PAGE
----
Charity mission repair programs should consider including additional, ongoing costs for speech therapy and other forms of rehabilitation. Residual limitations can be more severe in nations like Indonesia, where access to speech therapy and other rehabilitation care is limited. Given the scarcity of such rehabilitation treatment, it may seem acceptable to exclude this expense. One study found no complications from operations performed by a charity mission repair program. Over the 15 years of treating cleft lip and palate patients, no fatal sequelae have been recorded. However, it is important to note that data on non-fatal complications may not be complete [27].
A study on secondary and nasal revision procedures found that the patients ranged in age from 6 to 17 years, with an average age of 11.6 years, at the time of surgery. At the time of the survey, their ages ranged from 8 to 18 years old, with a mean age of 13.3 years. On average, there was a 1.7-year gap between the time of surgery and survey. The most common type of cleft observed in the study population was unilateral cleft lip and palate [28].
A study analyzing secondary cleft palate procedures in 724 different patients found that 54% of them were males (n= 388). The average age of patients undergoing secondary procedures was 59 months. Patients with diagnoses of cleft lip and palate had a significantly higher revision rate (1.92) than those with cleft palate alone (0.54) (p< 0.05) [29].
In this study, the average age for palate surgery was 3.71 years. Typically, a 4-year-old child has begun to talk and shows signs of appropriate development and growth. In cleft lips and palate patients, speech and daily activities, particularly eating and drinking, may be limited, which can be challenging for the family. Consequently, parents may start seeking the appropriate treatment for their child. Limited speech can also impact activities both at home and outside. Communication difficulties can disrupt activities in the home environment, which should provide opportunities for the patient to learn to speak. Similarly, school activities can be hindered by limited speech function. Additionally, reduced nutritional intake may occur due to difficulties in eating and drinking [30].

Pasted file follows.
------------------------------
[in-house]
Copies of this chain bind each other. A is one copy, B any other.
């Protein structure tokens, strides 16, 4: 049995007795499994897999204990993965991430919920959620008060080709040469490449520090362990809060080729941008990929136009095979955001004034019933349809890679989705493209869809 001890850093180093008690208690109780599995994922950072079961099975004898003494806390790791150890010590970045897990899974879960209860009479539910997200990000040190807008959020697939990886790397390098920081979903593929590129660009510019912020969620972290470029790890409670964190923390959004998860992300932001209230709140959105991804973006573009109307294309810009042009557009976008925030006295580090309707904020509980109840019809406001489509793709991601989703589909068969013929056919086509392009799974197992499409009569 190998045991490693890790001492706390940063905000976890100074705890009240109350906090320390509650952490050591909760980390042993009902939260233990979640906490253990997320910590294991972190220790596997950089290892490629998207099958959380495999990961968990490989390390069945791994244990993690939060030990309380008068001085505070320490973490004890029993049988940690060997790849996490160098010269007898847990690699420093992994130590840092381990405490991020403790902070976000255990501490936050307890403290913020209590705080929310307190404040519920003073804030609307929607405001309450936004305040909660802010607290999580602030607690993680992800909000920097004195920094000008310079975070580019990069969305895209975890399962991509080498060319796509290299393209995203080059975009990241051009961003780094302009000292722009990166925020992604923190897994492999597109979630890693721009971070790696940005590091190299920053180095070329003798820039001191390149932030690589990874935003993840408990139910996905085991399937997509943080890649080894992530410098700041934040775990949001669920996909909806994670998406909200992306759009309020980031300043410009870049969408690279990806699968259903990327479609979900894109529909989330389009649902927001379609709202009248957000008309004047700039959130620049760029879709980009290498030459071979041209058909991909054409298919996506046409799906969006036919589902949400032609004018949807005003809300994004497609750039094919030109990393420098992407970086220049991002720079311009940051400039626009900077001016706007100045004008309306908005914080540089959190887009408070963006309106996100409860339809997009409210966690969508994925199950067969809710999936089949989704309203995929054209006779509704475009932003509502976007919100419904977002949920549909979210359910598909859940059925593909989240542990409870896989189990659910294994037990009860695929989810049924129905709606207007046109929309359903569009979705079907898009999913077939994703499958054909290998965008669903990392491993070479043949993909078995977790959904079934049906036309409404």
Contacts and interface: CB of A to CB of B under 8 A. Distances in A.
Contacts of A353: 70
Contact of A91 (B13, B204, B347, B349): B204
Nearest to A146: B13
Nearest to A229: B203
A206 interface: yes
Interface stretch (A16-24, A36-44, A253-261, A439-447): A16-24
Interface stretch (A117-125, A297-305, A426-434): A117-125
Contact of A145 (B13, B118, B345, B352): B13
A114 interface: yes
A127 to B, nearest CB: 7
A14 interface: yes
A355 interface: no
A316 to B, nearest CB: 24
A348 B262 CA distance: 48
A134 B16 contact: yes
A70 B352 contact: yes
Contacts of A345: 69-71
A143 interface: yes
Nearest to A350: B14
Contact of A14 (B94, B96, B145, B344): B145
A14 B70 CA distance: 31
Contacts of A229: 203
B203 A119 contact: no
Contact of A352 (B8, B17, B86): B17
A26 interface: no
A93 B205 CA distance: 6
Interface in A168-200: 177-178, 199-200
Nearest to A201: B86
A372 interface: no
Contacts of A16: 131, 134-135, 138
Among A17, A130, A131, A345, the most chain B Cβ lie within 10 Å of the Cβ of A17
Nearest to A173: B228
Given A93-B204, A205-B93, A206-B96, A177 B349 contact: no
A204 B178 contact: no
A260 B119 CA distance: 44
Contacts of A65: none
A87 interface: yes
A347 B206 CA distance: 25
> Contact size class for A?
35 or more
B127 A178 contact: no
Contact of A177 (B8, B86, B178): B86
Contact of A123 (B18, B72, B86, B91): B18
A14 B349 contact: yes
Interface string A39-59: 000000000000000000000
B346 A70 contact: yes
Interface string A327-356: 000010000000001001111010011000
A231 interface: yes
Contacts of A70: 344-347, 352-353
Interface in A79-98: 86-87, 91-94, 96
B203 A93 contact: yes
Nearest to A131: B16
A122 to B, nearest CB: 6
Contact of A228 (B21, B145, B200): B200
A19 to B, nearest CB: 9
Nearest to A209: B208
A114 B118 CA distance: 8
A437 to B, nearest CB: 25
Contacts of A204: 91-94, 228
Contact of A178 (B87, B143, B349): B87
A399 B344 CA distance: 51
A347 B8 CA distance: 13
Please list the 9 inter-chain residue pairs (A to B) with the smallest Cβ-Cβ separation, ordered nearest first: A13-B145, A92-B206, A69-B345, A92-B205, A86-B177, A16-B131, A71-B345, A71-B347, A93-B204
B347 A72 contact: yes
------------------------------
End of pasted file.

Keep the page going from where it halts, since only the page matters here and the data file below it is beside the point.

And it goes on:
In this study, the elective operation and charity mission settings showed significant differences in the average age for most types of operations, including primary lip repair, primary palate repair, secondary lip and nose revision, and secondary palate repair. In the charity mission setting, the average age tends to be older than in the elective operation setting due to difficulties related to geographical access to the cleft center from their homes, socioeconomic challenges, and a lack of knowledge within families.
For elective operation procedures, our center conducted 1,548 operations on 735 patients at Santosa Hospital Bandung Central, with primary lip and primary palate repair predominating. Among the returning patients, only 11.09% (74 out of 631 patients) underwent secondary cleft lip and nose revision. Importantly, there was no statistically significant difference in the age at which primary cleft lip repair was performed between patients who received secondary lip and nose revision and those who did not (p= 0.237). These findings demonstrate a low recurrence rate, which is a positive and quantifiable aspect of cleft lip and palate surgery. This study specifically showed that the age at which the initial primary lip repair was carried out did not influence the need for secondary surgery. This suggests that our center has performed successful procedures with a low recurrence rate.
We identified that 10.23% (71 out of 686) of primary cleft palate repair patients returned to our center for secondary palate/ fistula repair. There was no statistically significant difference in the age at which primary cleft palate repair was performed between patients who underwent secondary palate/fistula repair and those who did not (p= 0.261).